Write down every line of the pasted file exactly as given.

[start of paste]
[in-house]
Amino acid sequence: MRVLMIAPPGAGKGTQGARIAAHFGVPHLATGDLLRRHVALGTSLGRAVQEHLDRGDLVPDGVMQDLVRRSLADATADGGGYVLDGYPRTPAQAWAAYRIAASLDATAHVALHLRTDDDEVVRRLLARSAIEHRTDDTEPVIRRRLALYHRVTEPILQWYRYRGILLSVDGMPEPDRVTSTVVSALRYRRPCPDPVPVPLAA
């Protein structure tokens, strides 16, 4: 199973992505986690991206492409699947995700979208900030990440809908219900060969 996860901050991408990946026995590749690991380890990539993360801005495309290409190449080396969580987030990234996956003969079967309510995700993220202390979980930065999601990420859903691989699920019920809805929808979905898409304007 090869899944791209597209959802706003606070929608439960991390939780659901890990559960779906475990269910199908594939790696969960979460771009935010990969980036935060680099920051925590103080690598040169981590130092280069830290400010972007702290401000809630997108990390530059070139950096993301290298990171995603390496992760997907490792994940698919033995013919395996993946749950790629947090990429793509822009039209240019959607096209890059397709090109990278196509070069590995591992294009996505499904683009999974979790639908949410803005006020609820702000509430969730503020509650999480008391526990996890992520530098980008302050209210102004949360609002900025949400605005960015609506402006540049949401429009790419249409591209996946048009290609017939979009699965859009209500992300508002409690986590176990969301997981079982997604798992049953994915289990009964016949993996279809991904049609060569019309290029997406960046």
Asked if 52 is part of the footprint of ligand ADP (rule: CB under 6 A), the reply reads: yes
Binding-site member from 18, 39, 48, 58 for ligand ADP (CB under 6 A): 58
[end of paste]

[in-house]
Amino acid sequence: MRVLMIAPPGAGKGTQGARIAAHFGVPHLATGDLLRRHVALGTSLGRAVQEHLDRGDLVPDGVMQDLVRRSLADATADGGGYVLDGYPRTPAQAWAAYRIAASLDATAHVALHLRTDDDEVVRRLLARSAIEHRTDDTEPVIRRRLALYHRVTEPILQWYRYRGILLSVDGMPEPDRVTSTVVSALRYRRPCPDPVPVPLAA
């Protein structure tokens, strides 16, 4: 199973992505986690991206492409699947995700979208900030990440809908219900060969 996860901050991408990946026995590749690991380890990539993360801005495309290409190449080396969580987030990234996956003969079967309510995700993220202390979980930065999601990420859903691989699920019920809805929808979905898409304007 090869899944791209597209959802706003606070929608439960991390939780659901890990559960779906475990269910199908594939790696969960979460771009935010990969980036935060680099920051925590103080690598040169981590130092280069830290400010972007702290401000809630997108990390530059070139950096993301290298990171995603390496992760997907490792994940698919033995013919395996993946749950790629947090990429793509822009039209240019959607096209890059397709090109990278196509070069590995591992294009996505499904683009999974979790639908949410803005006020609820702000509430969730503020509650999480008391526990996890992520530098980008302050209210102004949360609002900025949400605005960015609506402006540049949401429009790419249409591209996946048009290609017939979009699965859009209500992300508002409690986590176990969301997981079982997604798992049953994915289990009964016949993996279809991904049609060569019309290029997406960046």
Asked if 52 is part of the footprint of ligand ADP (rule: CB under 6 A), the reply reads: yes
Binding-site member from 18, 39, 48, 58 for ligand ADP (CB under 6 A): 58